In a country known for its much-celebrated sex manual Kama Sutra and more than one hundred colours of love, it’s hard to figure out bizarre reasoning behind the blanketing out of Fifty Shades of Grey. But the Censor Board, which prefers black-and-white moral judgements, has decided to shield the Indian movie-goer from the blockbuster erotica, which dramatizes the adventures of a sadomasochistic couple.
The future of the film, an adaptation of a best-selling erotic novel by British writer E. L. James, is indeed grey in India. Indian Censor Board will not allow Fifty Shades of Grey, directed by English filmmaker Sam Taylor-Johnson, to be shown in Indian cinemas, even after the studio made voluntary cuts to the film for removing all nudity.
The chief executive of the Central Board of Film Certification, Shravan Kumar, declined to comment on the decision but said Universal Pictures, which released the film, could appeal the decision.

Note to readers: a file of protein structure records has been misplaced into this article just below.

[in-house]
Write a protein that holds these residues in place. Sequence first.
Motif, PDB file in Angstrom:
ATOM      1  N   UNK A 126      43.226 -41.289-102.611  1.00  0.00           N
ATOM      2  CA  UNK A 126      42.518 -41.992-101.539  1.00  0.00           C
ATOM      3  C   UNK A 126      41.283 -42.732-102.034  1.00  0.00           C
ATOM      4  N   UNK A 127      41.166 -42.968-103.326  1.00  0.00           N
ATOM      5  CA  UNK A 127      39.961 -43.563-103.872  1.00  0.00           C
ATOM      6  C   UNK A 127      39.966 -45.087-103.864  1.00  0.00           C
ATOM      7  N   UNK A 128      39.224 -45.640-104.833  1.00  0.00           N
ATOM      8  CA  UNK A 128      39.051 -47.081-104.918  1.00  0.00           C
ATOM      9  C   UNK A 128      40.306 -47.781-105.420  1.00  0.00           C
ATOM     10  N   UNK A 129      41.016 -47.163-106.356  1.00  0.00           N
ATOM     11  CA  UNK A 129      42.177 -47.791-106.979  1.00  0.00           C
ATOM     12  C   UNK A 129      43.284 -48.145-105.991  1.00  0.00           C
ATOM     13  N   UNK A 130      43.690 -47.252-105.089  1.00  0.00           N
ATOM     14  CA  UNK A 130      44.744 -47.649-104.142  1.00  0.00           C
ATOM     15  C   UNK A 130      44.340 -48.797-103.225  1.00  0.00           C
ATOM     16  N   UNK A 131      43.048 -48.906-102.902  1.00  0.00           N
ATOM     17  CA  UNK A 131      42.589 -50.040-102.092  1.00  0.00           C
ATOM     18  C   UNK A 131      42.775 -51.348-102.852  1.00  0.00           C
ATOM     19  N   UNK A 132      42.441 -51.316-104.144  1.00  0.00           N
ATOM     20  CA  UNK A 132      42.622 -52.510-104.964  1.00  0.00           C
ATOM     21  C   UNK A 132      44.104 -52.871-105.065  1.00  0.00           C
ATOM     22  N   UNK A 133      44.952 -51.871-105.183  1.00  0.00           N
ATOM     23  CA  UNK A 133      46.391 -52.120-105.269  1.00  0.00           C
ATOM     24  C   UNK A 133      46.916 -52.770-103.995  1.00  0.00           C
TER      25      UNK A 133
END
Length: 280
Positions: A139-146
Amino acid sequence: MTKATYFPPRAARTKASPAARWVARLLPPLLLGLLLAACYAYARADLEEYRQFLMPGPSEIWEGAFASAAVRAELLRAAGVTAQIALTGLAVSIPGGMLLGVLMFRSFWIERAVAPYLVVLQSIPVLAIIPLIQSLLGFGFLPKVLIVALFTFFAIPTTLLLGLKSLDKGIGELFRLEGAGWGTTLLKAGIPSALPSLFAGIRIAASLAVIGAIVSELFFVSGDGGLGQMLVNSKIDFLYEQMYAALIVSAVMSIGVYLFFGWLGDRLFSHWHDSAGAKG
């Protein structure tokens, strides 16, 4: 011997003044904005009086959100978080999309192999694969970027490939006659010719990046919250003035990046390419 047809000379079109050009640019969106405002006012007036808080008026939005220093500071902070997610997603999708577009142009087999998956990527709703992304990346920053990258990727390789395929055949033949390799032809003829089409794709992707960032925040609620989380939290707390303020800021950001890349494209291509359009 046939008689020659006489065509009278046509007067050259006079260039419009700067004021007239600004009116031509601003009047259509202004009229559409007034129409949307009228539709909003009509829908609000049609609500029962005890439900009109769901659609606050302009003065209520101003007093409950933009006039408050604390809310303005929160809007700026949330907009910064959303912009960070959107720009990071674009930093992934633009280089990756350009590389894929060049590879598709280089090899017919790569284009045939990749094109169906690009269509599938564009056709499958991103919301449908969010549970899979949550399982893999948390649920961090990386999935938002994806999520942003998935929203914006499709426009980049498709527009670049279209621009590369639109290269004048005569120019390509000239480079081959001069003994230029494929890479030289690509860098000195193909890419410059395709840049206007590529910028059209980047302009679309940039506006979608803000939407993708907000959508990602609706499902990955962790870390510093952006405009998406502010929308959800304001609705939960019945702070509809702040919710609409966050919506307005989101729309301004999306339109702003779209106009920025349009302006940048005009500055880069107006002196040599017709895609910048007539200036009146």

The movie has smashed records at the international box-office after earning almost $500 million, as per a report in Hollywood magazine Deadline. The trilogy of books has sold more than 100 million copies worldwide.
India has now joined the league of Malaysia, Indonesia and Kenya, which have banned the movie from their theatres because of its explicit sexual content. The film’s distributors are also not pursuing a commercial release in China because of the tendency of Chinese censor board to ban sexually explicit films.
Universal Studios sources told Reuters, the studio had already approached the relevant committee at the central board to make its appeal. The source, however, declined to be identified as he is not authorised to make media statements.
The Indian government recently appointed Kumar as chief executive of censor board. Ever since the new appointment, the censor board has adopted a conservative attitude towards artistic freedom concerning sex. In the case of a new Bollywood movie ‘Dum Laga Ke Haisha’, the censor board asked that the word “lesbian” be removed from the film.
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